Sixteenth century Europe was a violent era in history when mass hysteria and religious teachings led people to see witches and demons in everything they did. The fear of hellfire caused self-proclaimed witch hunters to rise up, and among them was the infamous Peter Binsfeld, a man who loved torture and hated Protestants, among many other things. Binsfeld was a respected man in his time, and his teachings on demonology and witches are still read to this day. Perhaps his most well known work is his classifications of the Seven Princes of Hell - seven demon lords who each punished sinners for particular crimes committed during their lifetime.
No one knows what Hell is like, or if it indeed exists, but according to the dogma there is no way to escape from Hell, and the Seven Princes of Hell, as described by Binsfeld, were meant to make people atone for their crimes in life - interesting though they may be, they're certainly not people anyone wants to befriend. Try to avoid it, but if you can't stop sinning you're about to find out who you'll meet in the afterlife.
Lucifer is a name many will recognize. Though the name and its meaning of "morning star" or "light bringer" have a variety of applications in various mythologies, Binsfeld used it to refer to the angel who fell from heaven after his attempt to create a new structure of power. Thus, Lucifer, by Binsfeld's classification, represents the sin of pride. He is often considered to be the leader of demons in Hell, and is therefore particularly evil and dangerous.
Because of his high status and importance, Lucifer is sometimes conflated with Satan; in some stories they are the same, but in others they are separate from one another. Because it's difficult to track down Binsfeld's original work, which was not in English, it's hard to say how he felt about the connection between the two.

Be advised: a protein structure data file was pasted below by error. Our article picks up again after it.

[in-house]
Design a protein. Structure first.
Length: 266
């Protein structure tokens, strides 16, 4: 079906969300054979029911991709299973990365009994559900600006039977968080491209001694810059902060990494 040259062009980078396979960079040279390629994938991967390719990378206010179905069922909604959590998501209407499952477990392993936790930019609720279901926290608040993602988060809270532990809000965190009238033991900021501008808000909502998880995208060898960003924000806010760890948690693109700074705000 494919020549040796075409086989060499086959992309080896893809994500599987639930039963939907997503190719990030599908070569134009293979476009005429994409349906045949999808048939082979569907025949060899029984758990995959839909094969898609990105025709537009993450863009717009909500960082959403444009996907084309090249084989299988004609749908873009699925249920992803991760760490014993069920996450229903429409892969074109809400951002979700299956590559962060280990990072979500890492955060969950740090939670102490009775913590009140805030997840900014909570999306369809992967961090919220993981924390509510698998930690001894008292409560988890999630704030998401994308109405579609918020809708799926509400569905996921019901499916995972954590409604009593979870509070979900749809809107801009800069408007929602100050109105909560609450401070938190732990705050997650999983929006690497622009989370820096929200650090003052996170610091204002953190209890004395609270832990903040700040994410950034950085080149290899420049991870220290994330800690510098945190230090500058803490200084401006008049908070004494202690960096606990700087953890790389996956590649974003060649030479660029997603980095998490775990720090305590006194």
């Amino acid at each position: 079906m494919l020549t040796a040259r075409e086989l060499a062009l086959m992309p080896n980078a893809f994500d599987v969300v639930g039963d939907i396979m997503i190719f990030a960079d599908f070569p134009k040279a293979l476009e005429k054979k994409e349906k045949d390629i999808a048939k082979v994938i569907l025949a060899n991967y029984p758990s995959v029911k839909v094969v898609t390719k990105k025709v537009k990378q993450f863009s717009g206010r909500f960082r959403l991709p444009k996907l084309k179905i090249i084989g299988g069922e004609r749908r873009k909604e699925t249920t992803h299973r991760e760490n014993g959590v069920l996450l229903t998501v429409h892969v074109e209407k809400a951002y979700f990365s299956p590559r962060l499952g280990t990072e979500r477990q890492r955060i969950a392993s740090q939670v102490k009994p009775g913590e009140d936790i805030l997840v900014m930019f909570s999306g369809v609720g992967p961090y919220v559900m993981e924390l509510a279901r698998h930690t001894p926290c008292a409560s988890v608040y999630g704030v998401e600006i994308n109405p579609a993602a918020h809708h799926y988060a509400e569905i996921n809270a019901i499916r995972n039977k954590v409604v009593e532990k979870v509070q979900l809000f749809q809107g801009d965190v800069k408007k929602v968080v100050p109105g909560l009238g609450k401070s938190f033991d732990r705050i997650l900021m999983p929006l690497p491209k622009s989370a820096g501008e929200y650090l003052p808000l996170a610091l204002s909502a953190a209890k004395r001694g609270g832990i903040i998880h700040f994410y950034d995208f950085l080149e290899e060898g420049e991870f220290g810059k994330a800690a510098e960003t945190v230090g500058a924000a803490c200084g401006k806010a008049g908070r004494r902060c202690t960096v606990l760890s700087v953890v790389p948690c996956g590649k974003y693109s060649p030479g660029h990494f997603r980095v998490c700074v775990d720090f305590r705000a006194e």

Beelzebub is known by a multitude of names, including "Lord of the Flies" and "Baal." The New Testament mentions him as chief of the demons, and Binsfeld associated him with gluttony. Biblically, he's normally associated with diseases - hence the flies - which makes him an odd choice for gluttony.
However, Beelzebub has a long and storied history in biblical lore and apocrypha, where he is often characterized as being just below Satan in rank. Some stories actually rank him as above Satan, but Binsfeld didn't seem particularly interested in hierarchies, just in which sin the demon presided over. His reasoning behind connecting Beelzebub and gluttony are unclear, though it's possible that he's drawing a comparison between flies and the consumption of the dead.
Satan, distinct from Lucifer in Binsfeld's interpretation of Hell's hierarchy, is said to reign over the souls of the wrathful. Because Satan is often conflated with Lucifer, there's some overlap in their histories - Satan is also said to be an angel fallen from Heaven for rebelling against God. 'Satan' is translated to 'the adversary,' in this case the adversary of mankind. Whereas God is loving and wise, Satan is wrathful towards humanity, reflected in his association with wrath according to Binsfeld's categorization.
Often seen as the ruler of Hell, Satan is therefore one of - if not the - most powerful demons.
Perhaps it's not surprising that Binsfeld assigned Belphegor the role of torturing the slothful. His image is one of the least intimidating of the Seven Princes of Hell, as he's frequently depicted on a toilet. However, his past forms have also been associated with phalluses and orgies, but even the Lanterne of Light assigned him to gluttony, not lust. When summoned, Belphegor is said to offer wealth and inventions, and that connection with wealth, which allows humans to not work, is likely why he ended up being associated with sloth. Binsfeld's belief was that Belphegor tempted people to be lazy, and to do evil through their inaction - though he wasn't clear about the means and methods of the torture, it certainly wasn't pleasant.